How a political buzzword just protected private-property rights for Texans
06/07/2016 | Author: Mark Lehman
In Lehman’s Terms
This election season is so full of jargon that you could play political bingo with terms like swing voters, independent expenditures, and super delegates.
My goal with this column is to translate this type of political-speak into plain language—hence the double meaning of the column’s title, “In Lehman’s Terms.”
This week I’d like to highlight a term you’re probably hearing a lot these days: grassroots.
Candidates sometimes use the term to highlight their community involvement or refer to on-the-ground support they receive from campaign volunteers. But there’s another way this term is used that doesn’t come from someone seeking your support on an election day.
The best way for me to explain is with a timely example set in the Northeast Texas city of Frisco.
The three-mile-long problem … and a solution
In the fall of 2013, an electric utility co-op announced its plans to construct above-ground transmission lines along two high-traffic roadways near residential neighborhoods in Frisco. The 120-foot-tall lines would have run for almost three miles.
Frisco’s city council opposed the co-op’s plan because the city already had plans to expand the two roads to accommodate increased traffic, and utility poles would prevent this much-needed expansion. Homeowners and prospective homeowners in the area were opposed because they knew the above-ground lines would negatively affect their property values. Other stakeholders who opposed the plan included the Frisco Chamber of Commerce, the Frisco Independent School District, and the Collin County Association of REALTORS®.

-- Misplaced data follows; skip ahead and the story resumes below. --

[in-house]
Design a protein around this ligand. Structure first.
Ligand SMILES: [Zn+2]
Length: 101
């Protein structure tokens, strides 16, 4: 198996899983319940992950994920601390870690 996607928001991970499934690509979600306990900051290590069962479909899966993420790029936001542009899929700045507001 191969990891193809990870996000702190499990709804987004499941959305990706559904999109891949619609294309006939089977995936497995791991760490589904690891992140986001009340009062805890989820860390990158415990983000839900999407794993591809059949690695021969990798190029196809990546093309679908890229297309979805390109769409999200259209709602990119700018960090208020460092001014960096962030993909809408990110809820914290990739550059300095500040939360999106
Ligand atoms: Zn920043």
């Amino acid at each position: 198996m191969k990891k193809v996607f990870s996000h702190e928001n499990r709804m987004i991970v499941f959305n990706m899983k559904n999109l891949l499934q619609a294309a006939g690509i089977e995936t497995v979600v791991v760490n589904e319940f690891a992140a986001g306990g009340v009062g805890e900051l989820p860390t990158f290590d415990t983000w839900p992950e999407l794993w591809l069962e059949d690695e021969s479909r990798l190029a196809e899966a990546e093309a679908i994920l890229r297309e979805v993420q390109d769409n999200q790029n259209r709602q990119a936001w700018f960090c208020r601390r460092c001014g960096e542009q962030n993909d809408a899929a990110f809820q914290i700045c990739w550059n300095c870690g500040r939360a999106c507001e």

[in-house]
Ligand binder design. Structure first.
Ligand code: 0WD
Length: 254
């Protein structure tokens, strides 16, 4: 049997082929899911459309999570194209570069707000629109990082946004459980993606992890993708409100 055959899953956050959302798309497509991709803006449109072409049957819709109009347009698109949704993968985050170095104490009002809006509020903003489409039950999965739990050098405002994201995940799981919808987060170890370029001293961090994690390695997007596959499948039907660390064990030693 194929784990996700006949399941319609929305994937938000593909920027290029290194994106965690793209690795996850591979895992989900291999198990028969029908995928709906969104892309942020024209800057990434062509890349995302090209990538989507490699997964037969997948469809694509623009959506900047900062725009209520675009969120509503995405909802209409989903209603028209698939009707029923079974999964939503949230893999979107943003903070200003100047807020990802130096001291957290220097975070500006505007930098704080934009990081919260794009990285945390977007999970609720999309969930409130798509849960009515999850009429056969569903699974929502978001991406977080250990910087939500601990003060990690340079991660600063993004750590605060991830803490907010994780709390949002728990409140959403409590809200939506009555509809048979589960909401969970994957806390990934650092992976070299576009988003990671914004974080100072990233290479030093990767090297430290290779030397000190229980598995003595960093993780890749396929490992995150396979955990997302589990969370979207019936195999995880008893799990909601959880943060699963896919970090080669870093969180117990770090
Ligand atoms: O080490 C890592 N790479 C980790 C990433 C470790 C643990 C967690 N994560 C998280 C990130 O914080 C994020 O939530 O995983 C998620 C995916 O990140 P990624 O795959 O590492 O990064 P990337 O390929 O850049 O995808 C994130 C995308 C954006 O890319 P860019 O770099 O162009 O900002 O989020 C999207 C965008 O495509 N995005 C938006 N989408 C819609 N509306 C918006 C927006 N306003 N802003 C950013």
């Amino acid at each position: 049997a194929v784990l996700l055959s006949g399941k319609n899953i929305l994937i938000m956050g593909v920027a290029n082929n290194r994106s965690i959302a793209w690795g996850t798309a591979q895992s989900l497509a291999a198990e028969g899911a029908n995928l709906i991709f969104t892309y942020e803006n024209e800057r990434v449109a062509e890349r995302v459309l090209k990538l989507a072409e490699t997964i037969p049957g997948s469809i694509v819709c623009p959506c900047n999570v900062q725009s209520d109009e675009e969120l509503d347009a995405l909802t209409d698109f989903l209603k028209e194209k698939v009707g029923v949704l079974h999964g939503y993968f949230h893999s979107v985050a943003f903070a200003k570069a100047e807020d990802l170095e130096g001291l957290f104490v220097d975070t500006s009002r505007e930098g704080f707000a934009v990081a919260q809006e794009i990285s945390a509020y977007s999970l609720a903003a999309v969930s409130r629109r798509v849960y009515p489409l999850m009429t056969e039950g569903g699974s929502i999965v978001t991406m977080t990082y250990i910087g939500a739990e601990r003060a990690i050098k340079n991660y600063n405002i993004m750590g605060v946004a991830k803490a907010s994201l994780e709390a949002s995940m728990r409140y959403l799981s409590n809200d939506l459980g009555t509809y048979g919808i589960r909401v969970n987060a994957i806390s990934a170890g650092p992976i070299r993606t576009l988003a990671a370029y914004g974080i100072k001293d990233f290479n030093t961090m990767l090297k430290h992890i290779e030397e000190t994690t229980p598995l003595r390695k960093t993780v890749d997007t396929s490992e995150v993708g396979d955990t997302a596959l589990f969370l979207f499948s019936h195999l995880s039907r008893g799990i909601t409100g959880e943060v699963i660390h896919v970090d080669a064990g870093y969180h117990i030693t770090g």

But these community members didn’t just talk about their concerns; they joined together to propose a solution: bury the lines. They knew it would take a combination of on-the-ground action and funds to support the effort, so Collin County REALTORS® contacted us at the Texas association. After reviewing the construction’s potential effect for private-property owners, TAR’s Issues Mobilization Political Action Committee—which is dedicated to local issues just like this—funded the campaign.
Stakeholders worked diligently with the co-op and Texas Public Utility Commission staff to draft an agreement that would ultimately require PUC approval. They had to explain the benefits of burying the lines, in part because it costs significantly more to bury the lines than to erect them above ground.
A triumph two years in the making
Just last month—after much give and take by all interested parties—the grassroots group took their proposal to the PUC and received the good news they were hoping for: the commission approved the plan to bury the majority of the lines.
The PUC signed the final order at its June 9 meeting, concluding a fight that began more than two years ago.
Grassroots in action
This kind of local involvement reminds me of a relevant quote from American cultural anthropologist Margaret Mead: “Never doubt that a small group of thoughtful, committed citizens can change the world; indeed, it’s the only thing that ever has.”
In Lehman’s terms, this local success shows that grassroots is more than a buzzword. It shows the power ordinary citizens can have when they leverage their numbers.
Mark Lehman is vice president of governmental affairs for the Texas Association of REALTORS®.
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